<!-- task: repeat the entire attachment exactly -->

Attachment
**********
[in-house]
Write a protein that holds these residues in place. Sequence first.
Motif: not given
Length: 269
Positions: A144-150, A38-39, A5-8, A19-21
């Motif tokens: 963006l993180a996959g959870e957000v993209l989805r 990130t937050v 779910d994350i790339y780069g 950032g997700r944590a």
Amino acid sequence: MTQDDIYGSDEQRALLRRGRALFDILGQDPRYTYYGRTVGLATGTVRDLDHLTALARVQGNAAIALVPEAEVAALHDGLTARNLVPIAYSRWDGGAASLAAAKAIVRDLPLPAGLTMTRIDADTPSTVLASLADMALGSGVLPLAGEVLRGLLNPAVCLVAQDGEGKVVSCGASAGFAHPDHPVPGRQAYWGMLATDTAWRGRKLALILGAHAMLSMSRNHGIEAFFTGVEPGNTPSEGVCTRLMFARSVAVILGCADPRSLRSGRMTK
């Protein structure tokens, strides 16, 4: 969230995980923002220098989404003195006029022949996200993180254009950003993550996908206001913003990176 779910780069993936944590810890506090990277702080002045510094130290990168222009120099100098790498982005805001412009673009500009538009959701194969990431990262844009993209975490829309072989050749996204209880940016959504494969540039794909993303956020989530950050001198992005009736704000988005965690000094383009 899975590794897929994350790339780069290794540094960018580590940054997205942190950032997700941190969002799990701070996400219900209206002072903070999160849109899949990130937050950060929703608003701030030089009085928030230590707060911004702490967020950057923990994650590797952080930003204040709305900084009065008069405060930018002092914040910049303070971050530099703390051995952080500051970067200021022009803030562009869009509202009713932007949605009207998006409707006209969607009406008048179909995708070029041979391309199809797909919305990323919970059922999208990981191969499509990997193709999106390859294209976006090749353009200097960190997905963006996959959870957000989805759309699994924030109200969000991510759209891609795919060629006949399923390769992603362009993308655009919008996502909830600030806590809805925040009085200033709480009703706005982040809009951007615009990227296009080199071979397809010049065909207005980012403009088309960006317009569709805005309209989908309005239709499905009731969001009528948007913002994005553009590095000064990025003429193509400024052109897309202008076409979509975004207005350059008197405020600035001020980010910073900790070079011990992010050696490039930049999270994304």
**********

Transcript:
[in-house]
Write a protein that holds these residues in place. Sequence first.
Motif: not given
Length: 269
Positions: A144-150, A38-39, A5-8, A19-21
């Motif tokens: 963006l993180a996959g959870e957000v993209l989805r 990130t937050v 779910d994350i790339y780069g 950032g997700r944590a």
Amino acid sequence: MTQDDIYGSDEQRALLRRGRALFDILGQDPRYTYYGRTVGLATGTVRDLDHLTALARVQGNAAIALVPEAEVAALHDGLTARNLVPIAYSRWDGGAASLAAAKAIVRDLPLPAGLTMTRIDADTPSTVLASLADMALGSGVLPLAGEVLRGLLNPAVCLVAQDGEGKVVSCGASAGFAHPDHPVPGRQAYWGMLATDTAWRGRKLALILGAHAMLSMSRNHGIEAFFTGVEPGNTPSEGVCTRLMFARSVAVILGCADPRSLRSGRMTK
């Protein structure tokens, strides 16, 4: 969230995980923002220098989404003195006029022949996200993180254009950003993550996908206001913003990176 779910780069993936944590810890506090990277702080002045510094130290990168222009120099100098790498982005805001412009673009500009538009959701194969990431990262844009993209975490829309072989050749996204209880940016959504494969540039794909993303956020989530950050001198992005009736704000988005965690000094383009 899975590794897929994350790339780069290794540094960018580590940054997205942190950032997700941190969002799990701070996400219900209206002072903070999160849109899949990130937050950060929703608003701030030089009085928030230590707060911004702490967020950057923990994650590797952080930003204040709305900084009065008069405060930018002092914040910049303070971050530099703390051995952080500051970067200021022009803030562009869009509202009713932007949605009207998006409707006209969607009406008048179909995708070029041979391309199809797909919305990323919970059922999208990981191969499509990997193709999106390859294209976006090749353009200097960190997905963006996959959870957000989805759309699994924030109200969000991510759209891609795919060629006949399923390769992603362009993308655009919008996502909830600030806590809805925040009085200033709480009703706005982040809009951007615009990227296009080199071979397809010049065909207005980012403009088309960006317009569709805005309209989908309005239709499905009731969001009528948007913002994005553009590095000064990025003429193509400024052109897309202008076409979509975004207005350059008197405020600035001020980010910073900790070079011990992010050696490039930049999270994304």